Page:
Always connected thanks to WiFi hotspots (image courtesy: Ozone Networks)
India unwired! Free public Internet could be a nationwide digital game changer

Bangalore, April 27 2015: The   aggro about  net neutrality,  on all those 9 pm TV shout-a-thons, has obscured the real challenge for  Indians today:  How to get primary access to the Internet . If you can't afford basic connectivity,  what  does it matter  which websites we can view or not view? Which is why  the government's plans to blanket the country with free Internet hotspots is  -- or should be  -- the big story today.
The only viable technology to  offer  Net access over  large public  areas,  is WiFi -- and it has  one big advantage: it can be rolled out using  the unlicensed and  'free' areas of the  wireless spectrum. 
Public WiFi is not new : It was first rolled out  7 years ago  by the Pune Municipal Corporation,    with Microsense  who created a free 512 KBPS hotspot  at the Sambhaji Park. The experiment fizzled -- neither governments nor corporates   showed much interest in   making such spots viable  -- till now.
The government  has  pledged connect India's 250,000 village clusters, using  WiFi for  the 'last mile'.
Bengaluru laid claim last year  to be  "India's first  free WiFi Zone"  in the central business district   and a  few bus stations.
Kolkata followed suit   and 'illumined' Park Street, with four more areas due to become hotspots this year. Chennai Central became the first railway station to get Wi-Fi connectivity in September last,  followed by Bengaluru.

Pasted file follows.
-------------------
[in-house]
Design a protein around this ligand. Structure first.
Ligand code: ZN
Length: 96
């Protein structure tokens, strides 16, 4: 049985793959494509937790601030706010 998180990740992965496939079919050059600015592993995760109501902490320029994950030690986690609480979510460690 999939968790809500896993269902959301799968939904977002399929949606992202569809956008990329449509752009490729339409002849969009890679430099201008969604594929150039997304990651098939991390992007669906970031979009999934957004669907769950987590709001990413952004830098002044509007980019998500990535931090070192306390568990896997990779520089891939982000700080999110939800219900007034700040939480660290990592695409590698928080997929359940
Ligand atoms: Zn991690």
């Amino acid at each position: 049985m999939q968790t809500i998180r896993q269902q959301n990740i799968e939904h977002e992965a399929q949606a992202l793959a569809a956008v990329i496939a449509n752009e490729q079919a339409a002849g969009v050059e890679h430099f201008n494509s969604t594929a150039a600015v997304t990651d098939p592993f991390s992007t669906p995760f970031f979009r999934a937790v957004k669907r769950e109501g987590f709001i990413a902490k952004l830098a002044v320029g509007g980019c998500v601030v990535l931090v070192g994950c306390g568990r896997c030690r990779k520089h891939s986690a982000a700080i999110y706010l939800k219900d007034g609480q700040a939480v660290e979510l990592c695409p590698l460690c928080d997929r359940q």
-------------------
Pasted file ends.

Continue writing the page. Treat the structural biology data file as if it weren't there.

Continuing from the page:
The Rapid Metro in Gurgaon  has Wifi in all stations, as had the Mumbai Metro, albeit for a  brief spell.
Ahmedabad, Agra, Mumbai CST,  Howrah and Secunderabad  stations are  next in queue: the railways has entrusted the task to Sistema Shyam  and hopes that 400 stations will ultimately  have hotspots .
'MyDelhi-WiFi Delhi'  was an election mantra of the AAP. OnApril2, the Delhi government  conducted a day long dialogue with all stateholders, including BSNL, private providers and experts to set up 600 hotspots in the national capital.
The Gachibowli-HitecCity  IT corridor in Hyderabad, boasts a few free Internet hotspots at  Kondapur, Hightech City, Madhapur where users have free data up to 750 MB.  
BSNL is to set up WiFi  spots in Tamil Nadu and Kerala. Chennai's Marina beach , Mahabalipuram, Sims Park   in Coonoor and Thanjavur's Big Temple  are expected to go WiFi by May. In the Kochi area BSNL is partnering QuadGen  Wireless Solutions  to start WiFi services at 10  locations  including Fort Kochi, Mattancherry, Marine Drive, High Court, Subhash Park,  Vyttila Mobility Hub, Jos Junction, Edappally Junction & Kaloor.
Varanasi got free WiFi  this year-- in keeping with an electoral  promise made by its parliamentary representative -- Prime Minister Narendra Modi. However the rollout is having to contend with the holy city's monkeys who keep  eating away the riverside fibre optic cables.
Taj Mahal and Khajuraho are among  25 tourist spots  slated to go WiFi by June this year.
India's WiFi drive has the benefit of  being led by some of the  best brains in the business. QuadGen is led by  C.S. Rao, former  head of the WiMax Forum. 
The largest private player in WiFi is Ozone Networks,  founded and led by UK-born  Sanjeev Bobby Sarin, a veteran from British Telecom.  The company has created  some 7000 WiFi zones in India; about 1500 are public hotspots, the rest are  for enterprises like  Macdonalds,  Haldiram  and Subway who see value in providing  free WiFi in their outlets.
Public Internet in India is still a  work in progress. Free usually means 15 - 30 minutes max,  after which there is a charge. The quality is patchy and connectivity both slow and  intermittent. But it's a start.
For  lakhs of lay Indians,  the mobile phone is their  chosen tool of empowerment --- and  while they can afford the asking price of a call or an SMS,  free public Internet hotspots may yet emerge as their chosen  route to access the Internet.   Anand Parthasarathy

Free Public Wifi Access Zones & Hotspots In India... 2 resources